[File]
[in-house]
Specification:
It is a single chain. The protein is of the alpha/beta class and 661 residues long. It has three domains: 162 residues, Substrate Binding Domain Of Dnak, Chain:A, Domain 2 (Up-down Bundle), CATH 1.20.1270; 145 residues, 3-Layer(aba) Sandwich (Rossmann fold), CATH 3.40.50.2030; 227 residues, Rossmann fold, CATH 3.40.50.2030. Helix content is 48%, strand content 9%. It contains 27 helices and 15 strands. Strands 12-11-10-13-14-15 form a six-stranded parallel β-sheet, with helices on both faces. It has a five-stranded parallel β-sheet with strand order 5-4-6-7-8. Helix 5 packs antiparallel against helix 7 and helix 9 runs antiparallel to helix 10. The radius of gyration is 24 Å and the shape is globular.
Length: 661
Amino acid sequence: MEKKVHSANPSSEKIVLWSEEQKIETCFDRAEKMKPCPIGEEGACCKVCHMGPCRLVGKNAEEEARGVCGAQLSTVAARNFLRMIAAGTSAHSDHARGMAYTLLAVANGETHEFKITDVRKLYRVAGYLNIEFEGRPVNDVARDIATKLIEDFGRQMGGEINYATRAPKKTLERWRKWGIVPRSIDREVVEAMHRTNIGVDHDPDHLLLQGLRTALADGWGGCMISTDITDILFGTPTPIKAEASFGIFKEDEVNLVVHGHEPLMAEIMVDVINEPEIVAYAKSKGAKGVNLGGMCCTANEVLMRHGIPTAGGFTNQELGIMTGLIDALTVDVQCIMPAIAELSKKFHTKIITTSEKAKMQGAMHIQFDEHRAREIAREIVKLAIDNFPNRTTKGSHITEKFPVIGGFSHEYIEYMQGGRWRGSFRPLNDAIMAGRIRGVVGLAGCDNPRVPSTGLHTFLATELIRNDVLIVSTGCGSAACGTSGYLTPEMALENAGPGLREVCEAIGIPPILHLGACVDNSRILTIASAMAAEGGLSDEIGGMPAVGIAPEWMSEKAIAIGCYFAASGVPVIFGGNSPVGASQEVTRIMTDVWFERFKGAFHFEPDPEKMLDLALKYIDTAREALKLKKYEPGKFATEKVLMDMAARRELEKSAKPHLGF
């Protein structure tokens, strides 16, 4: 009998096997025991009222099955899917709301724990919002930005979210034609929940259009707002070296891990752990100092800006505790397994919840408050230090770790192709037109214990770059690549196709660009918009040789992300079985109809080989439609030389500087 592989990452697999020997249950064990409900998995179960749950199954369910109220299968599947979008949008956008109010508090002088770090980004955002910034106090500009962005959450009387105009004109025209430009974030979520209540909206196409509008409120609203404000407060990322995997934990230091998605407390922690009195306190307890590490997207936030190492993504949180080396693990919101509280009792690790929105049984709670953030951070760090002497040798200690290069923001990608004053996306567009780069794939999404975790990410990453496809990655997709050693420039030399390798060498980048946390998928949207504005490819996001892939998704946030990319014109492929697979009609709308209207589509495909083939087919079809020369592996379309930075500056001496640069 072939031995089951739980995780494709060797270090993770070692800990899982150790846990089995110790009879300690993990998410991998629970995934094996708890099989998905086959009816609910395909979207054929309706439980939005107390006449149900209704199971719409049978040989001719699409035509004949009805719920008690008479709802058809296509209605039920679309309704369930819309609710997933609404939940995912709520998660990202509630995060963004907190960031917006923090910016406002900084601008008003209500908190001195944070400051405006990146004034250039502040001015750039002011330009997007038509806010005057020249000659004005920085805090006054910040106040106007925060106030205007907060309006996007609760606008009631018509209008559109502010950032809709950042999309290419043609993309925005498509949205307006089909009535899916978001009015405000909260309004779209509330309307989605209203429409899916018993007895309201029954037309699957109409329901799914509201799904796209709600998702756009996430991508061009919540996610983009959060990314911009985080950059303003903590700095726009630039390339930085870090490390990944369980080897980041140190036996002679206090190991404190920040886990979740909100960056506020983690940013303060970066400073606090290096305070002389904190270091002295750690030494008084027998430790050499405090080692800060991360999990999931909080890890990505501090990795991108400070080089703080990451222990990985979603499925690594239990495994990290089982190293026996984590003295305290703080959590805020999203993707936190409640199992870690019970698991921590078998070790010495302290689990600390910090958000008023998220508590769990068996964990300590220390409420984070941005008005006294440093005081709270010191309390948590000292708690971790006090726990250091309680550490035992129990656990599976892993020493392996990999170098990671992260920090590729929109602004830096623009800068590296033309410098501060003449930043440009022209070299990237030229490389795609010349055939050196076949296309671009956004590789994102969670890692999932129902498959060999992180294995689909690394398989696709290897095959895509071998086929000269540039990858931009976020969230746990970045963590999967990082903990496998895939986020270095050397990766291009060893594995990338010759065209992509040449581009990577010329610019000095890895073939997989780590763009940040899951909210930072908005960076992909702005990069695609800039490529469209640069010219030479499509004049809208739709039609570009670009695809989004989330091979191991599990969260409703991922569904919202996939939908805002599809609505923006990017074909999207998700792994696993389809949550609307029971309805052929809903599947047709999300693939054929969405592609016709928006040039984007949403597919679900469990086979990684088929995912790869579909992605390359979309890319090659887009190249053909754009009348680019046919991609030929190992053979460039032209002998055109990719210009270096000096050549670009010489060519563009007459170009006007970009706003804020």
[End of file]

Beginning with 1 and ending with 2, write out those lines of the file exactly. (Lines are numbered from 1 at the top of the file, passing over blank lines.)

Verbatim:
[in-house]
Specification: